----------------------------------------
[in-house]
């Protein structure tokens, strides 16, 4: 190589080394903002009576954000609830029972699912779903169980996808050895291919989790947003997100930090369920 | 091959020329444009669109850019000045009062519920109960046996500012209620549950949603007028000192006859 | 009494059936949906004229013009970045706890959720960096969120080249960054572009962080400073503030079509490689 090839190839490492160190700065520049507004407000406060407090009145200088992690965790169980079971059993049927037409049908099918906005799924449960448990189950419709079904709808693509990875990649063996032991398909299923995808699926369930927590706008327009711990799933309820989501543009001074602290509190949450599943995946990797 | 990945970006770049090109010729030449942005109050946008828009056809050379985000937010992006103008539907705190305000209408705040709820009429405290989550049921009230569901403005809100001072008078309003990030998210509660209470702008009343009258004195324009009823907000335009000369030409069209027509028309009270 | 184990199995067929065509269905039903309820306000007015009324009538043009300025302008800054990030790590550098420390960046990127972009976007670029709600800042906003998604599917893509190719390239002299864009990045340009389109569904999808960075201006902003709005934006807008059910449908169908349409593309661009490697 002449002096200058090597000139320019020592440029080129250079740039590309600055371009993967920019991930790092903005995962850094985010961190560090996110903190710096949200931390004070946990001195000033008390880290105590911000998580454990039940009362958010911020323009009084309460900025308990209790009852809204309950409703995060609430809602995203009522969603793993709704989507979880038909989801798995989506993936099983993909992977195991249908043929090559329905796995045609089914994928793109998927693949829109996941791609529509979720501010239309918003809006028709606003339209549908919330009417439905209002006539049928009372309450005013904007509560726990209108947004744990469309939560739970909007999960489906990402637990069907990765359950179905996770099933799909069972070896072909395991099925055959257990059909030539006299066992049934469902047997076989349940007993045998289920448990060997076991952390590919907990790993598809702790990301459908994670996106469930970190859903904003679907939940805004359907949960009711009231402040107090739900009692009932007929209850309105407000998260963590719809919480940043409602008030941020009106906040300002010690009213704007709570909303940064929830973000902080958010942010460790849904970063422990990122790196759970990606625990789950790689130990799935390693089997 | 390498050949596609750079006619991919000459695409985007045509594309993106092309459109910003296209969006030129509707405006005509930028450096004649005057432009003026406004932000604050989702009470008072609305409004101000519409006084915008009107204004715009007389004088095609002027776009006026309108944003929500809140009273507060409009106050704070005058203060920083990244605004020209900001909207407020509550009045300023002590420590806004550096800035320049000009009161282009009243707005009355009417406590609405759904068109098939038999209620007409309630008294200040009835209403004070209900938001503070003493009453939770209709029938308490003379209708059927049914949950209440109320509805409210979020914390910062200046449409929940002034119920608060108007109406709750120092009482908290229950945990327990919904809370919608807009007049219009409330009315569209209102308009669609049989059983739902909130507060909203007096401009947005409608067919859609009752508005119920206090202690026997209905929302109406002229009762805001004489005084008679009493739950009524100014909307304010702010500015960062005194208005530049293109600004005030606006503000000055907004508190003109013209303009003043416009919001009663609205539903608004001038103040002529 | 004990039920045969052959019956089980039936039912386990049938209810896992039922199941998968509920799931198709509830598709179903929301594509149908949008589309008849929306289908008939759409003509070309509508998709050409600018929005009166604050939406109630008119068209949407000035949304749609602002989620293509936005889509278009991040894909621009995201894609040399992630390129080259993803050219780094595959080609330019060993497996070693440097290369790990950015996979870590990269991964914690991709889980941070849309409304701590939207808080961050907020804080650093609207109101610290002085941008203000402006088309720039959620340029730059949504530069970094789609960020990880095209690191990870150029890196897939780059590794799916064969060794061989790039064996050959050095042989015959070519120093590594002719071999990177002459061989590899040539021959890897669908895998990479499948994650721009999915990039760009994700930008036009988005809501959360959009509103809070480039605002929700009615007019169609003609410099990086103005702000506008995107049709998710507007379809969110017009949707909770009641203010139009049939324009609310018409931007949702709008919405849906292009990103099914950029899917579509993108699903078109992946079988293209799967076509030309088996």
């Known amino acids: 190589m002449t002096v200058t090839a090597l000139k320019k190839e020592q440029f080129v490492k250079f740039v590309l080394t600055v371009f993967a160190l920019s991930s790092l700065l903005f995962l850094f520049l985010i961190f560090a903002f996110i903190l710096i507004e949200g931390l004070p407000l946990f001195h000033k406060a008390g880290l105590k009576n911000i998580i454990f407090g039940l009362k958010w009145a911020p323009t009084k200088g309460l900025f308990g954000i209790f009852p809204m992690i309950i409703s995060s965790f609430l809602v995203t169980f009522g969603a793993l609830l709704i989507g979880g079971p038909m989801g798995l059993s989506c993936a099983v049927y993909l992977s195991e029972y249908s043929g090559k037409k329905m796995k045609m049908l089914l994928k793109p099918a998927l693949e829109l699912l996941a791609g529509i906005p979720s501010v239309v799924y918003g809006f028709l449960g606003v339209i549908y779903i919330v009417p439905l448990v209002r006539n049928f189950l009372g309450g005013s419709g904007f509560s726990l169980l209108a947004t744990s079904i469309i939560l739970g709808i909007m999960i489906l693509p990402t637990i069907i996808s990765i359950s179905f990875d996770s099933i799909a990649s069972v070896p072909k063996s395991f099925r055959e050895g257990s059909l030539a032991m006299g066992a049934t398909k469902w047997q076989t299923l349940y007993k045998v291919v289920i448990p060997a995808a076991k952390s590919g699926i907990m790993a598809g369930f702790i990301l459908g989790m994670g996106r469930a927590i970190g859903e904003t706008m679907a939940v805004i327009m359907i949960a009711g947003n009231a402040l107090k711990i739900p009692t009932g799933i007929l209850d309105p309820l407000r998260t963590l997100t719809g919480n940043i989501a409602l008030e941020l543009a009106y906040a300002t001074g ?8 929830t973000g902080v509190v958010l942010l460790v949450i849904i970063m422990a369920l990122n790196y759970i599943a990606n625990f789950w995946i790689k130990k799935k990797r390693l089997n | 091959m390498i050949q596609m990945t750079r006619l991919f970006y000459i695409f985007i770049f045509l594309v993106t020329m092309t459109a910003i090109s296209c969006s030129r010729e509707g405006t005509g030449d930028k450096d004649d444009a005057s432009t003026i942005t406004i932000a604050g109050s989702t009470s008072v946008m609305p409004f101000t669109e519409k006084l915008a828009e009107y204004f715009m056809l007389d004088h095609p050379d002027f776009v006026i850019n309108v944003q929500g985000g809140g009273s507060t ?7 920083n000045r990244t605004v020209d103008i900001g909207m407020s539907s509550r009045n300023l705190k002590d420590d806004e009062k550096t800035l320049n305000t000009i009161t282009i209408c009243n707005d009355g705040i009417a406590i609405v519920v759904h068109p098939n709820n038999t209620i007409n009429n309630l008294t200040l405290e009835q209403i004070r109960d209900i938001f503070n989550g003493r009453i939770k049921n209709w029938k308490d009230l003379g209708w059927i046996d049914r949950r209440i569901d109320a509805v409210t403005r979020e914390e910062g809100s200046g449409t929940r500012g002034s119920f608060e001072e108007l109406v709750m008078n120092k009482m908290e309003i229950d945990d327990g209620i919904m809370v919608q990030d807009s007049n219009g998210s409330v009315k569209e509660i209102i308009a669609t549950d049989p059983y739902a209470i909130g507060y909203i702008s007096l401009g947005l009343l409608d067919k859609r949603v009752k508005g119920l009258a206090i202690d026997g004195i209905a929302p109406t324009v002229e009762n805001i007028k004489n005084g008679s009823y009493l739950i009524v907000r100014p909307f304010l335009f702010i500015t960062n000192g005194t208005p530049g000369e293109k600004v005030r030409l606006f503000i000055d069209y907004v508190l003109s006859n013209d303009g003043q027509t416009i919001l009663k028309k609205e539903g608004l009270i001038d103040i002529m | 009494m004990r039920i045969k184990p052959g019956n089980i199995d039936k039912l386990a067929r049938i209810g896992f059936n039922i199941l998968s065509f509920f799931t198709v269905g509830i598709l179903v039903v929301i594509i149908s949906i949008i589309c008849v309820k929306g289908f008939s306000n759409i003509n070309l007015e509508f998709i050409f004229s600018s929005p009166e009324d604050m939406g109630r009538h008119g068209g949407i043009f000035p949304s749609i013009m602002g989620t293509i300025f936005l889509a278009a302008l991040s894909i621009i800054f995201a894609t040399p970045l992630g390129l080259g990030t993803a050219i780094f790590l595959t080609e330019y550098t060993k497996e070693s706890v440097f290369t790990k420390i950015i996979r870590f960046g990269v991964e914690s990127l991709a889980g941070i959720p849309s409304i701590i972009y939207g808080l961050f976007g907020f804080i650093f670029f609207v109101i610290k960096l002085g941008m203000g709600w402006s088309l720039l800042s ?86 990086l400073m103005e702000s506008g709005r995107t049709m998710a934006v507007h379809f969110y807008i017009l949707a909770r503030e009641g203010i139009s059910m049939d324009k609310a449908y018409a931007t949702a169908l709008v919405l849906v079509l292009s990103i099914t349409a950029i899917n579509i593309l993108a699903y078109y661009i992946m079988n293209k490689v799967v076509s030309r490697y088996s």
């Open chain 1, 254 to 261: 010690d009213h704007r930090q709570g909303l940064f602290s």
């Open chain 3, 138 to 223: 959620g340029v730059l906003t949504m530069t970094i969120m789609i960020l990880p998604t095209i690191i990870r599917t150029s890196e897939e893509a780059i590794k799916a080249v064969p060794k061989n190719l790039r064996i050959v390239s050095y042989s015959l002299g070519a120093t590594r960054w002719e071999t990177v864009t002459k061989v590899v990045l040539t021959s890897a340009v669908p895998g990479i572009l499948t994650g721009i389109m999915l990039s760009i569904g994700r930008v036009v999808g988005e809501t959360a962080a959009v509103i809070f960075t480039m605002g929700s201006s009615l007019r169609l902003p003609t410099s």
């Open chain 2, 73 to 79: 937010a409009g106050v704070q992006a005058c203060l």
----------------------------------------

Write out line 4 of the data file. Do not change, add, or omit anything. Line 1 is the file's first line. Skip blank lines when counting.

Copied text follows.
């Open chain 1, 254 to 261: 010690d009213h704007r930090q709570g909303l940064f602290s």